Thursday, June 13, 2024

Think twice before trying to combat boredom

Winter is officially in full swing as of last weekend in Plattsburgh. When temperatures reach 15 below zero before factoring in wind chill, you’re bound to stay inside for as long as possible.

When students are avoiding the death sentence that is the outside world, staying in is the safe and smart option. Lounging around on a freezing Friday night leads to something college students experience when they can’t get drunk and party all over town.


Last weekend, I stayed in every night because of the frostbite inducing temperatures. In return, I was bored for three days. I still had my friends and lots of snacks to occupy myself but in those quarantined days, I thought I’d lose my mind. Boredom comes about when there’s a lack stimulation around you. It can make people want to either rip their hair out or possibly inspire them to try something new.

When we’re bored, we may have a few go-to tasks to help snap us out of our funk. We could scroll through applications on our phones until our eyes get tired, listen to music, read or try sleeping off the boredom.

People are always trying to get past their boredom but maybe we need to start embracing the boring lulls in life.

Being bored for a bit is the break your mind needs to become more creative and productive. When someone is bored, their mind wants stimulation. When they’re bored for a long period of time, and then asked to do a creative task, their level of creativity would be much higher than before.

University of Central Lancashire researchers Sandi Mann and Rebekah Cadman examine how boredom affects creativity in two studies. In the first study, participants were either assigned the boring task of copying numbers from a phone book or put into a control group, which didn’t copy numbers.

When participants were asked how many uses they could come up with for a pair of plastic cups, the ones who had been copying numbers had come up with significantly more uses for the plastic cups, according to Harvard Business Review.

In the second study, Mann and Cadman created a third group for testing. The third group was assigned the task of reading a phone book. When asked the plastic cup question again, the group that showed the most creativity was the third group. As the boredom increases, so does creativity shortly after.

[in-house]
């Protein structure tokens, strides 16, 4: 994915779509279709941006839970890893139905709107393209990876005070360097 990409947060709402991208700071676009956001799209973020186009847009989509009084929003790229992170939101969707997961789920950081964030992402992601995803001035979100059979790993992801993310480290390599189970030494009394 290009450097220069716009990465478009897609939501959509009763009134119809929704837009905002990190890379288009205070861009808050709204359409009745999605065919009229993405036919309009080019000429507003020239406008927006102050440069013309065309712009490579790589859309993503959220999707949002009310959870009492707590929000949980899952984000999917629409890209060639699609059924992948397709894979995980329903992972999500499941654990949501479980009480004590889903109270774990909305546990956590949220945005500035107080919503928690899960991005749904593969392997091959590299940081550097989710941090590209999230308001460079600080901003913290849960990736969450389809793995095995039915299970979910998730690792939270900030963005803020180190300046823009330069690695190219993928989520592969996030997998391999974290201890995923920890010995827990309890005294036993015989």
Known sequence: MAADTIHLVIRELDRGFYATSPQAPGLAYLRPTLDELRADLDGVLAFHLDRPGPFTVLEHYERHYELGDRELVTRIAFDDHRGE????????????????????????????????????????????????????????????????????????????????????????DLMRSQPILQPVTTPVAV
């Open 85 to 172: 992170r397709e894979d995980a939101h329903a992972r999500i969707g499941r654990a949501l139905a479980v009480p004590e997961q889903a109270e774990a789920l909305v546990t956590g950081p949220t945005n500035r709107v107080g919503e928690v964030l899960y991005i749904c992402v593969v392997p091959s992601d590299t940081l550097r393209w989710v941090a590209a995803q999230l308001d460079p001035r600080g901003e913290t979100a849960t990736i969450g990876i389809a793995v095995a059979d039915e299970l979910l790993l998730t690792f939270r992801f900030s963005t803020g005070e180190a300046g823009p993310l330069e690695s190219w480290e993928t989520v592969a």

Being bored can sometimes be hard today because of all the different forms of entertainment we have access to. Shutting down the many distractions around you is a nice chance to be alone with your thoughts for a bit.

Many writers and artists find that “shutting down” the Internet is key to restarting their creative thinking process. There are tons of websites and apps that can actually temporarily shut down the Internet and other computer distractions to ensure proper efficiency. The free applications FocusWriter and WriteMonkey, for Windows users, create a distraction-free screen, leaving only a writer document in full screen view.

These applications are helpful because of the many temptations we face while skimming around online. It’s too easy to open up your laptop and accidentally waste 45 minutes on YouTube watching utter nonsense. The Internet is a gift to the world but a huge distraction to the average college student. Quieting the outside world might be what students need to get bored for a while.

When I’m doing work and suddenly realize I’m daydreaming more than writing, I shut everything down and sit quietly for a little while. When I’ve relaxed and gathered all my thoughts, I get back to work with ease.

Being bored isn’t something to dread or complain about. It’s a chance to clear our heads of our usual restless thoughts and start fresh. Get bored and watch your creativity follow.

Email Laura Schmidt at

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